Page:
World's oldest animals, also known as "Living Fossils"

Several of these ancient species, believed to be extinct, have recently surfaced and were discovered. Here are the 12 kinds of animals known as living fossils, the frilled shark, golden "Mars" ant and other ancient species animals; some of them remain almost no change over millions of years of evolution.

Lampreys are called "nine-eyed eels" from a counting of their
seven external gill slits on a side with one eye and the nostril.

Meet 12 of the world's oldest animals!

  • Lamprey
    Lampreys (sometimes also called lamprey eels) are an order of jaw less fish, the adult of which is characterized by a toothed, funnel-like sucking mouth. They are well known for boring into the flesh of other fish to suck their blood. Lampreys have been around for about 360 million years.

    Lampreys are called "nine-eyed eels" from a counting of their seven external gill slits on a side with one eye and the nostril.

  • Coelacanth
    The Coelacanth was considered a "living fossil" due to its apparent lack of significant evolution over the past millions of years; and the Coelacanth was thought to have evolved into roughly its current form approximately 400 million years ago.

  • Frilled Shark
    The frilled shark swims near the bottom of the Atlantic and Pacific Oceans. Only 2 of its kind were ever seen and both were accidentally caught in fishing nets from the deep sea. Both were also caught near the coast of Japan in the late 19th century and in 2007. This shark actually existed on Earth for 380 million years.

    With its elongated, eel-like body and strange appearance, the frilled shark has long been likened to the mythical sea serpent.

  • Sturgeon
    Sturgeons have been in existence for 200 million years. Sturgeons are native to subtropical, temperate and sub-Arctic rivers, lakes and coastlines of Eurasia and North America. They are distinctive for their elongated bodies, lack of scales, and occasional great size: sturgeons ranging from 7–12 feet (2-3½ m) in length are common, and some species grow up to 18 feet (5.5 m).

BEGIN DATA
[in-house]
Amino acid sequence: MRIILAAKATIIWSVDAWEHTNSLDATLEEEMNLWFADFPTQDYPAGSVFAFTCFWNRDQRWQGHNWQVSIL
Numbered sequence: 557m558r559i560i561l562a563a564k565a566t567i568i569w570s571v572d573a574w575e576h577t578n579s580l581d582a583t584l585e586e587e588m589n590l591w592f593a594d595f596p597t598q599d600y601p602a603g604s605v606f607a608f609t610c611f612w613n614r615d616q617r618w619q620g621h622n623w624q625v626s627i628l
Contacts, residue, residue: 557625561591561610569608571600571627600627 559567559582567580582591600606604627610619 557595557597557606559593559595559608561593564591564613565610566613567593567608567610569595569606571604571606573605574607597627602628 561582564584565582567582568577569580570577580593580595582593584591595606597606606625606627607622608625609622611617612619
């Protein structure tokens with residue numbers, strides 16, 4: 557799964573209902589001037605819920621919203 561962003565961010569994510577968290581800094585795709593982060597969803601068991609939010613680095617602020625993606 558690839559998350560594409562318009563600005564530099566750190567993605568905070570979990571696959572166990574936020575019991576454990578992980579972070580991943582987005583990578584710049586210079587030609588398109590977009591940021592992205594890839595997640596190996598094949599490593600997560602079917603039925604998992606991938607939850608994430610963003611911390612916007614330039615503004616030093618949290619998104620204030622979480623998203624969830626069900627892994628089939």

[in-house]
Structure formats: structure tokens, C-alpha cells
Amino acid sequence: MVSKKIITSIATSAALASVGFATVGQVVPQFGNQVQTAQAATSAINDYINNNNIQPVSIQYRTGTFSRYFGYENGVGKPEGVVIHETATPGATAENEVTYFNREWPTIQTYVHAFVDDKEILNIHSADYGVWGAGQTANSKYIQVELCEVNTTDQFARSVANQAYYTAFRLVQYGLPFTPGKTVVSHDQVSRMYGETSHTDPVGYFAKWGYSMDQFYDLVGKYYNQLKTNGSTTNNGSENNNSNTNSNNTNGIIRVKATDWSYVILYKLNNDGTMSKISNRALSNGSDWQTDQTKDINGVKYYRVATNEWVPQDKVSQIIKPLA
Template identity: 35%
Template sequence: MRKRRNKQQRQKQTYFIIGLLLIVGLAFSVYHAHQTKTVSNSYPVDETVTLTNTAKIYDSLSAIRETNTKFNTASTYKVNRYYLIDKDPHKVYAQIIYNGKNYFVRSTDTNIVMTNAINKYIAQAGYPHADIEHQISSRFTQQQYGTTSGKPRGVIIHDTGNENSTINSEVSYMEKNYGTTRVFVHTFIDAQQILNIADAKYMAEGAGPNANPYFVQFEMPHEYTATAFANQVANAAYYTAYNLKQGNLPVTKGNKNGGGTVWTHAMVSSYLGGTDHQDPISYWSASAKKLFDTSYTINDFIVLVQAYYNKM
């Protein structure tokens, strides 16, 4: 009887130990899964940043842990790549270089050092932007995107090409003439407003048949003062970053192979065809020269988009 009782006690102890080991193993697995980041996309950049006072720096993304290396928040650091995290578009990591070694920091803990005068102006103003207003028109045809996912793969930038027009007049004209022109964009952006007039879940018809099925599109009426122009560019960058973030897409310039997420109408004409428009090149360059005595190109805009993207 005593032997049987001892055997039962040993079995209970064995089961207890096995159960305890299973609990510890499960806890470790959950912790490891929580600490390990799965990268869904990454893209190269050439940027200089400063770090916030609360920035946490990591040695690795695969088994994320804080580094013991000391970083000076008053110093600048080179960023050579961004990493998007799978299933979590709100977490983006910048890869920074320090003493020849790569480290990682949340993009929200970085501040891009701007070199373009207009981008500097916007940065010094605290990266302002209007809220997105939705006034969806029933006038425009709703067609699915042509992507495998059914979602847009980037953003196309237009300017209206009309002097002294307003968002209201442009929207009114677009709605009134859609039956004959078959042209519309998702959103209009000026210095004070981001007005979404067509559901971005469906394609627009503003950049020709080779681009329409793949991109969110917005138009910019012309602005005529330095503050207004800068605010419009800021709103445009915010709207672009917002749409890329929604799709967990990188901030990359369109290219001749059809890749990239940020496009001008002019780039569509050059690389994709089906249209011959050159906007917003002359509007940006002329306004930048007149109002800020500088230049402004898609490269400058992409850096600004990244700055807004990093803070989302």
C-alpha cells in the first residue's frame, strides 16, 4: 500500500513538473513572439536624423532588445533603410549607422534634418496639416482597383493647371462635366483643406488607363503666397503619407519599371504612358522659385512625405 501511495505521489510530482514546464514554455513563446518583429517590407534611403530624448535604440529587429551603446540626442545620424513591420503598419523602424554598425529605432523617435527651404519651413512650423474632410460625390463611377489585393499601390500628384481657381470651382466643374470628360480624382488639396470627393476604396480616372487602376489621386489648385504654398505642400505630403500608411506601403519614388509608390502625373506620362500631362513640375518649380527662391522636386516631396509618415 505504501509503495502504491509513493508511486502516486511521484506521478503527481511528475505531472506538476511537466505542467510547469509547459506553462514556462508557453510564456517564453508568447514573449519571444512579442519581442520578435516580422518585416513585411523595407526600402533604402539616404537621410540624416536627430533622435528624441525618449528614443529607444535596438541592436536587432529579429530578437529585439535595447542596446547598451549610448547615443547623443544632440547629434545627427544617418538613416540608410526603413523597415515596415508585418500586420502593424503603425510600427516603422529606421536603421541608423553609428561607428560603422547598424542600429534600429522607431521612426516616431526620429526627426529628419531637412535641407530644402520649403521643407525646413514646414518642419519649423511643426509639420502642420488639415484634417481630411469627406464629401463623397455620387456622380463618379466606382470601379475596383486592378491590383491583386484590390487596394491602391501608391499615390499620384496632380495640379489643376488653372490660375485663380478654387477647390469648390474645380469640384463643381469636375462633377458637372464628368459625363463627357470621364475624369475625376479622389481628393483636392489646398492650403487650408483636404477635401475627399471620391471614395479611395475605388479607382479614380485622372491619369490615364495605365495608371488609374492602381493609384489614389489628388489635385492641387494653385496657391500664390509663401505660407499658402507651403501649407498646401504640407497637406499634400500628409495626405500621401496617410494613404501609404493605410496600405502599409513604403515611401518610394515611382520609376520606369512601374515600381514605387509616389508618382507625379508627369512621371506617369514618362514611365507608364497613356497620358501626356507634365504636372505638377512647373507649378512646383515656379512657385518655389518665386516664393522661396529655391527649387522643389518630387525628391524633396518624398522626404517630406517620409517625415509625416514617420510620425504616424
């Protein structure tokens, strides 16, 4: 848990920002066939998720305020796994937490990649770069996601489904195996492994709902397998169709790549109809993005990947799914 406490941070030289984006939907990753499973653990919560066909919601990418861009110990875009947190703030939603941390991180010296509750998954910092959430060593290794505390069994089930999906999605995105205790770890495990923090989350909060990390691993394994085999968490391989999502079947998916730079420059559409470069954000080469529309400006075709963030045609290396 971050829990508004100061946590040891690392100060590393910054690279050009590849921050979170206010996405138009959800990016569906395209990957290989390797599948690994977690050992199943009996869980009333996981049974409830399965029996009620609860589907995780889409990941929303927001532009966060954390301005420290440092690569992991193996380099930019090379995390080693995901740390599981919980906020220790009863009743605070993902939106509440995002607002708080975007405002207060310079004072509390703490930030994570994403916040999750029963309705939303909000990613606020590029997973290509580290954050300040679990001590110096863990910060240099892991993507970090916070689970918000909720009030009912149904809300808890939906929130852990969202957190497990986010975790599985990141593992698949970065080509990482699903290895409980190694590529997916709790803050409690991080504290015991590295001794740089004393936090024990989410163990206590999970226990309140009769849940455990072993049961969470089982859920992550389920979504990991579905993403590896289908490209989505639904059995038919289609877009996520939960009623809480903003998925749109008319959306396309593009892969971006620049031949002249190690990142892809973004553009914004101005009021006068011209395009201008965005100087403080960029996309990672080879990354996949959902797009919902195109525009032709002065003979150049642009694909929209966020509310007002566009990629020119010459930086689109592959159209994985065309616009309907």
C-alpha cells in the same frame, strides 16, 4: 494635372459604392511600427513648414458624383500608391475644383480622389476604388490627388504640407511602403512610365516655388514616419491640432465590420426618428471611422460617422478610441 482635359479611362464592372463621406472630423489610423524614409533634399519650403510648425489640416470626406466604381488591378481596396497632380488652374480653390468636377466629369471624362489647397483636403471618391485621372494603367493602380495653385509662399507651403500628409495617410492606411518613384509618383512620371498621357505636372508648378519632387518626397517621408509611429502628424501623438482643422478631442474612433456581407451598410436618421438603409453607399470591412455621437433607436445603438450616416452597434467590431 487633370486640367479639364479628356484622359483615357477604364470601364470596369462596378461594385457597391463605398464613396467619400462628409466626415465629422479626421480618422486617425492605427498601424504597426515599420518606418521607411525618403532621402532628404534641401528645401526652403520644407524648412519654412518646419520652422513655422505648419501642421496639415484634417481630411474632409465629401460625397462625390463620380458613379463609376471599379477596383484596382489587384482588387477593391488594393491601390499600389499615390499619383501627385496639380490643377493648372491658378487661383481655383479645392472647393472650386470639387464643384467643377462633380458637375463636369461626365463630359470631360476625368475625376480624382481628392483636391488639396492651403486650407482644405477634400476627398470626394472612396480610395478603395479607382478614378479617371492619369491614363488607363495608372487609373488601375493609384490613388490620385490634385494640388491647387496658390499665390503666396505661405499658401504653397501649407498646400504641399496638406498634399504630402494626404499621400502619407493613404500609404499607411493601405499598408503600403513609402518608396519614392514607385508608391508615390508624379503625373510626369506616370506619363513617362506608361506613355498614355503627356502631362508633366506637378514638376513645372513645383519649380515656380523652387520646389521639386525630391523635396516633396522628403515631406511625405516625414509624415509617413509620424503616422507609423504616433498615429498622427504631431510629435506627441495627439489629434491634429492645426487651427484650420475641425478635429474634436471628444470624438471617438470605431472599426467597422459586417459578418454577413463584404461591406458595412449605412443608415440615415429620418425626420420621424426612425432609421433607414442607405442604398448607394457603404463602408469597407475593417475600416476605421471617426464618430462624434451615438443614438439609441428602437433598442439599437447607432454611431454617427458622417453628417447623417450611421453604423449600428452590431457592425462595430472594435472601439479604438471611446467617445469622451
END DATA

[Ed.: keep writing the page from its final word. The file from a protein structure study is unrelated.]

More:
Sturgeons have been referred to as "primitive fishes".

  • Goblin Shark
    The goblin shark is a rare, poorly understood species of deep-sea shark. Sometimes called a "living fossil", it is the only extant representative of the family Mitsukurinidae, a lineage some 125 million years old. Goblin sharks like to hang out around the bottom of the Pacific Ocean.

    The goblin shark has a distinctively long and flat snout, resembling a sword blade.

  • Bacteria
    Bacteria are among the most ancient life forms on Earth. Bacteria have been around for 3.5 billion years.

    Bacteria were among the first life forms to appear on Earth, and are present in most of its habitats.

  • Horseshoe Crab
    Because of their origin 450 million years ago (Mya), horseshoe crabs are considered living fossils. Horseshoe crabs look like a hybrid between a crab and a shrimp. They live primarily in and around shallow ocean waters on soft sandy or muddy bottoms.

    Horseshoe crabs are used as bait to fish for eels and whelk.

  • Martian Ants
    Martian Ants, sometimes known simply as Martians, are a sentient humanoid race from planet Mars. They've been living underground for the past 120 million years.

    The specie is believed to be the last common ancestor of ants.

  • Sponges
    Sponges do not have nervous, digestive or circulatory systems. Instead, most rely on maintaining a constant water flow through their bodies to obtain food and oxygen and to remove wastes. Sponges are among the most ancient creatures on the planet, dating as far back as 760 million years.

    Sponges are multicellular organisms that have bodies full of pores and channels allowing water to circulate through them.

  • Nautilus
    Nautilus is a marine creature with spiral-shaped shell. Evolution has spared nautilus from any changes in the past 500 million years.

    Spiral-shapes were considered a symbol of perfection in ancient Greece.

  • Jellyfish
    Jellyfish are found in every ocean, from the surface to the deep sea. They have roamed the seas for at least 500 million years, and possibly 700 million years or more, making them the oldest multi-organ animal.

    Jelly fish are free-swimming marine animals characterized by their gelatinous umbrella-shaped bell and trailing tentacles.

  • Notostraca
    Notostraca is also known as shield shrimp. These small animals have survived for 220 million of years.

    Notostraca comprises the single family Triopsidae, containing the tadpole shrimp or shield shrimp.

Source: Sean Archer

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